Larry Lewis of Bedford, Ind., walks past the Ten Commandments monument outside a restaurant in Bedford, Ind., Monday, June, 27, 2005. Two state legislators who have led efforts for public displays of the Ten Commandments in Indiana called on Gov. Mitch Daniels to install such a monument on the Statehouse lawn following a U.S. Supreme Court ruling Monday upholding one in Texas. What is ailing our country is profoundly moral in nature and necessitates a spiritual antidote. It demands, in the words of Alexis de Tocqueville, speaking of the American church he beheld in the 19th century, “pulpits aflame with righteousness."

While I serve in elective office, I am keenly aware that the most serious problems facing our country today are not purely political, or even mostly political. I would argue that what is ailing our country is profoundly moral in nature and, as such, necessitates a spiritual antidote. It demands, in the words of Frenchman Alexis de Tocqueville, speaking of the American church he beheld in the 19th century, “pulpits aflame with righteousness.”

What better place to start in reflecting on the spiritual and moral health of our nation than with the first of the Ten Commandments: Thou shalt have no other gods before me.

According to the Bible, the Israelites were given the Ten Commandments after God delivered them from bondage in Egypt. They were not arbitrary laws to restrict or punish the Jewish people, rather they were intended to remind those freed from captivity of God’s demonstrable power and abounding love. This is perhaps most true of the first commandment in which God tells his people that he alone is worthy of their love, honor and ultimately worship.

When the prophet Moses, revered in the traditions of the three Abrahamic faiths, descends from the mountaintop, tablets in hand, he finds the Israelites worshipping a golden calf. Hard to envision today perhaps, but the temptations toward various forms of idolatry are no less real and arguably more sinister as they increasingly become the cultural norm. Think of the scourges of pornography, gambling, unbridled materialism, lust for power and drug abuse to name a few, and the broken lives they leave in their wake.

Today in America we bear witness to an insidious relativism that teaches that concepts of right and wrong are old-fashioned, antiquated and even judgmental. Vices are elevated. Virtues are mocked. Faith is squeezed out of the public square. Our culture is coarsened as a result.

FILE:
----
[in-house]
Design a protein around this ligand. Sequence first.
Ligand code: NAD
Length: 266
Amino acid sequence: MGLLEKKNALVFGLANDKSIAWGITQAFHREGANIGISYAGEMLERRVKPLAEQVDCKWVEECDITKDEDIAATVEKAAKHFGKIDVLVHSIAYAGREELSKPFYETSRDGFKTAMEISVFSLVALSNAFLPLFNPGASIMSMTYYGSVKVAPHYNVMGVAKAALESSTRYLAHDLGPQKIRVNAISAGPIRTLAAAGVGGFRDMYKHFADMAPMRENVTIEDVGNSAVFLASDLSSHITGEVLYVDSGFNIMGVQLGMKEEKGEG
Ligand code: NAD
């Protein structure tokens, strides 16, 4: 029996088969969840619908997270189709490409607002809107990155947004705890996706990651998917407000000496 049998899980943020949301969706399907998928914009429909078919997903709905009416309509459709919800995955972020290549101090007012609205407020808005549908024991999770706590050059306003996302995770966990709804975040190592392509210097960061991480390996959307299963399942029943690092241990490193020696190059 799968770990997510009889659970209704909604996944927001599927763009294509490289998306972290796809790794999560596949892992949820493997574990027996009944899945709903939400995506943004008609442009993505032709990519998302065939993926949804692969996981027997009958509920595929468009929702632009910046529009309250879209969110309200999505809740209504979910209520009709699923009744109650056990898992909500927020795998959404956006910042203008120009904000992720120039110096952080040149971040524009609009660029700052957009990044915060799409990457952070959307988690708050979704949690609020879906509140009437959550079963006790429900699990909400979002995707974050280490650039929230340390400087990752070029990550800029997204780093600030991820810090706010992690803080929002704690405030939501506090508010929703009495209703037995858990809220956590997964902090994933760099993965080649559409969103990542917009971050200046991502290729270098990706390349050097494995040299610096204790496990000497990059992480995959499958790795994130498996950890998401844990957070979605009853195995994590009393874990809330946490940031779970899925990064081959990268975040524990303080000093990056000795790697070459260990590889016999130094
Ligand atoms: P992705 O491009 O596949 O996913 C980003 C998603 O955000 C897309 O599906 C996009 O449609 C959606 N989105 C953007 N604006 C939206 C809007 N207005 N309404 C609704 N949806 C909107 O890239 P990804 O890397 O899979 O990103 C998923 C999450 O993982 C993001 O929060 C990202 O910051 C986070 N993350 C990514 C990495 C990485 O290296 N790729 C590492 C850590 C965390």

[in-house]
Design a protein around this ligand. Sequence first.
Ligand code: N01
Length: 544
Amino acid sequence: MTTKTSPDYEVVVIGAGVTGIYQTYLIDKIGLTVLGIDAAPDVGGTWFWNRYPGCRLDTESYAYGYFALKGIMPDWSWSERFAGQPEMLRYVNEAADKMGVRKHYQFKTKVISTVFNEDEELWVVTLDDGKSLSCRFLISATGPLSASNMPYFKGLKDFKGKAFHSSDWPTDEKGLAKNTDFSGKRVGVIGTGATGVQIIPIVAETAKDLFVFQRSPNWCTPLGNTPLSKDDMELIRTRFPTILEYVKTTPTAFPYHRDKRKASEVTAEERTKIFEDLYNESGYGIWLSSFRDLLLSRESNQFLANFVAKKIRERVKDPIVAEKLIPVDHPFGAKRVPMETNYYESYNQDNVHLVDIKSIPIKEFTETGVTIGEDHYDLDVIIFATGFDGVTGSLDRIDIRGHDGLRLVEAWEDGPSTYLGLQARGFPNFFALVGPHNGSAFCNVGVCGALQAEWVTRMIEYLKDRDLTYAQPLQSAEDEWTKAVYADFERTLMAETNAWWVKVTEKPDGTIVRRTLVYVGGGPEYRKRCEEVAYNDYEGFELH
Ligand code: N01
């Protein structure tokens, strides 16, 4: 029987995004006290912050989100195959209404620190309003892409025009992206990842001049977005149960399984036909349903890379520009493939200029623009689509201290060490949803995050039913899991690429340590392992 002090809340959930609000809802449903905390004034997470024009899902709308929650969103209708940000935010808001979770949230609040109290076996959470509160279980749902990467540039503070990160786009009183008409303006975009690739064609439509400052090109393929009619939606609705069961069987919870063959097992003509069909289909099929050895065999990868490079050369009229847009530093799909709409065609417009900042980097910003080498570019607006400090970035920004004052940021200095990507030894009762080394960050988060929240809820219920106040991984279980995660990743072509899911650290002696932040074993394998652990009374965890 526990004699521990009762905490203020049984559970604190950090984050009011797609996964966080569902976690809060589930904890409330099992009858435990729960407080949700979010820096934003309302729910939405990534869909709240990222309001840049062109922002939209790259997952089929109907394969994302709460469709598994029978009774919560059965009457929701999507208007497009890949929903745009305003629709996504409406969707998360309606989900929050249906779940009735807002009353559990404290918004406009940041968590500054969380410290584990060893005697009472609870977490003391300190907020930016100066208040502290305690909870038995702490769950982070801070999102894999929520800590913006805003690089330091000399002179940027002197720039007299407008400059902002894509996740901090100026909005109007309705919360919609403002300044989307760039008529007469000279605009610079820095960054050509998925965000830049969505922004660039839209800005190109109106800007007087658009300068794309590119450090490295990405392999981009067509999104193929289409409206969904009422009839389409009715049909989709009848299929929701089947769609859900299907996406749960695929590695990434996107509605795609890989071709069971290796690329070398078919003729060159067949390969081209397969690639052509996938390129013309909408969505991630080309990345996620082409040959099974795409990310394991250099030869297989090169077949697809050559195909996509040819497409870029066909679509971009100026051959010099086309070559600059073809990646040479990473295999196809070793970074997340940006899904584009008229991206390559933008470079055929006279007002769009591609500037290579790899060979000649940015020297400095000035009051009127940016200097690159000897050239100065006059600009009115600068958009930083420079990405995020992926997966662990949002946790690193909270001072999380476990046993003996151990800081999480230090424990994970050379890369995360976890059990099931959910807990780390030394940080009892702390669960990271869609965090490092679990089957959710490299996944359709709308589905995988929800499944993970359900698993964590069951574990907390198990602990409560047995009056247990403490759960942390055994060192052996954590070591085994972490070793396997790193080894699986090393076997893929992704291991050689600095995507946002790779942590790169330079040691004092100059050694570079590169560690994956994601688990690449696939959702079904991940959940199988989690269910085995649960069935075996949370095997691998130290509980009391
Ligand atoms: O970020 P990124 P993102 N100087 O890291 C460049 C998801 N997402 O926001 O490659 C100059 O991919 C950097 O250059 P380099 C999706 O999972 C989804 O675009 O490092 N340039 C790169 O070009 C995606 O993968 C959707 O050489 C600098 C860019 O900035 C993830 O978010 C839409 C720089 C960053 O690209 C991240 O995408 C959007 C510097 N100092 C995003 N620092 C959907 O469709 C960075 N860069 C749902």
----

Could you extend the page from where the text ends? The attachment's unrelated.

These seemingly intangible realities have profound implications. Consider the following: In court case after court case the ability to display the Ten Commandments is debated and in some instances threatened. Such cases have more than symbolic relevance; they are a bellwether of sorts. But perhaps more significant is the reality that the display of the Ten Commandments is hardly as significant as the truths they contain: truths which beginning with the First Commandment to worship none but our Creator are under assault not just in courtrooms but in our culture.

Much has been written about the demise of American exceptionalism. But I believe that just as significant is the extraction of the hand of Providence from our shared national narrative.

Any faithful student of American history should be able to point to countless examples when a simple turn of events would have resulted in a drastically different outcome — an outcome which threatened the very future of this “shining city on a hill.” This is perhaps no more true than at our founding when a hearty band of patriots defied all odds and defeated the mighty British Empire.

George Washington himself famously said, “The Hand of Providence has been so conspicuous in all this, that he must be worse than an infidel that lacks faith and more than wicked, that has not gratitude enough to acknowledge his obligations.”

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Indeed, whether hailing from the Judeo-Christian tradition or some other tradition altogether, every American who enjoys the fruits of liberty ought to contemplate the “Hand of Providence” in so richly blessing this unlikely venture in self-governance.

Such contemplation can’t but result in gratitude, which is itself at the heart of worship.

Rep. Frank Wolf is in his 17th term in Congress. He represents a part of Virginia just across the river from Washington, D.C. He is the co-chairman of the bipartisan Tom Lantos Human Rights Commission, which advocates for the voiceless around the globe and is often called the “conscience” of the House. He is retiring at the end of this Congress.